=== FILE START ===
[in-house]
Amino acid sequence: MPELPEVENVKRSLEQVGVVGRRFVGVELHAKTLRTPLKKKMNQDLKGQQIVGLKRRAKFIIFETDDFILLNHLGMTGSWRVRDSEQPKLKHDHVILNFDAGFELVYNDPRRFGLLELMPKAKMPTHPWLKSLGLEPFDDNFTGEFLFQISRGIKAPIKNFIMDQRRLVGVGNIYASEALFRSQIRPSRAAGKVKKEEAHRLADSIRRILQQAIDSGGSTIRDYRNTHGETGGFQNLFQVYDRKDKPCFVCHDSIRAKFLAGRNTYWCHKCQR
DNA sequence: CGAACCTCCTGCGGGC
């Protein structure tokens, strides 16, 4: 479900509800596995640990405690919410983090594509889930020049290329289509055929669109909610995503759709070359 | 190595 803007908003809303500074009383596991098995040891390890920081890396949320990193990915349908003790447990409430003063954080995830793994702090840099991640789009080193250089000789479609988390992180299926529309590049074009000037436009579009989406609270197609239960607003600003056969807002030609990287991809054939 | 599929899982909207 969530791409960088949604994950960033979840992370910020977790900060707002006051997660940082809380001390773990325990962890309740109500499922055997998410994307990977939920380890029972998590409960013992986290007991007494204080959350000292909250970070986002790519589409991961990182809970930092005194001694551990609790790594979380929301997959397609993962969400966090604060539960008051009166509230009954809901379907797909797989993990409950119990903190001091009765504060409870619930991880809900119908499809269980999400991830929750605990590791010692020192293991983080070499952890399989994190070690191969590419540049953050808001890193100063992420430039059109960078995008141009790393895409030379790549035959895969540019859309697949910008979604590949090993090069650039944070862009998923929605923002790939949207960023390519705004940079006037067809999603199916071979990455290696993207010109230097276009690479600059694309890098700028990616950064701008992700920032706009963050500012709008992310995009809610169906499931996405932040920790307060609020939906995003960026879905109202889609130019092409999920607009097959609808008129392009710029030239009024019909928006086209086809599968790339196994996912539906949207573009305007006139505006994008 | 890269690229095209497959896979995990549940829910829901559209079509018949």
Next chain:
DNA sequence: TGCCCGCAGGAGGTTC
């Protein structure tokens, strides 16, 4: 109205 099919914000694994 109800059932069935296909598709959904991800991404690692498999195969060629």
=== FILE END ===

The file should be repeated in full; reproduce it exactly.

[in-house]
Amino acid sequence: MPELPEVENVKRSLEQVGVVGRRFVGVELHAKTLRTPLKKKMNQDLKGQQIVGLKRRAKFIIFETDDFILLNHLGMTGSWRVRDSEQPKLKHDHVILNFDAGFELVYNDPRRFGLLELMPKAKMPTHPWLKSLGLEPFDDNFTGEFLFQISRGIKAPIKNFIMDQRRLVGVGNIYASEALFRSQIRPSRAAGKVKKEEAHRLADSIRRILQQAIDSGGSTIRDYRNTHGETGGFQNLFQVYDRKDKPCFVCHDSIRAKFLAGRNTYWCHKCQR
DNA sequence: CGAACCTCCTGCGGGC
């Protein structure tokens, strides 16, 4: 479900509800596995640990405690919410983090594509889930020049290329289509055929669109909610995503759709070359 | 190595 803007908003809303500074009383596991098995040891390890920081890396949320990193990915349908003790447990409430003063954080995830793994702090840099991640789009080193250089000789479609988390992180299926529309590049074009000037436009579009989406609270197609239960607003600003056969807002030609990287991809054939 | 599929899982909207 969530791409960088949604994950960033979840992370910020977790900060707002006051997660940082809380001390773990325990962890309740109500499922055997998410994307990977939920380890029972998590409960013992986290007991007494204080959350000292909250970070986002790519589409991961990182809970930092005194001694551990609790790594979380929301997959397609993962969400966090604060539960008051009166509230009954809901379907797909797989993990409950119990903190001091009765504060409870619930991880809900119908499809269980999400991830929750605990590791010692020192293991983080070499952890399989994190070690191969590419540049953050808001890193100063992420430039059109960078995008141009790393895409030379790549035959895969540019859309697949910008979604590949090993090069650039944070862009998923929605923002790939949207960023390519705004940079006037067809999603199916071979990455290696993207010109230097276009690479600059694309890098700028990616950064701008992700920032706009963050500012709008992310995009809610169906499931996405932040920790307060609020939906995003960026879905109202889609130019092409999920607009097959609808008129392009710029030239009024019909928006086209086809599968790339196994996912539906949207573009305007006139505006994008 | 890269690229095209497959896979995990549940829910829901559209079509018949």
Next chain:
DNA sequence: TGCCCGCAGGAGGTTC
């Protein structure tokens, strides 16, 4: 109205 099919914000694994 109800059932069935296909598709959904991800991404690692498999195969060629």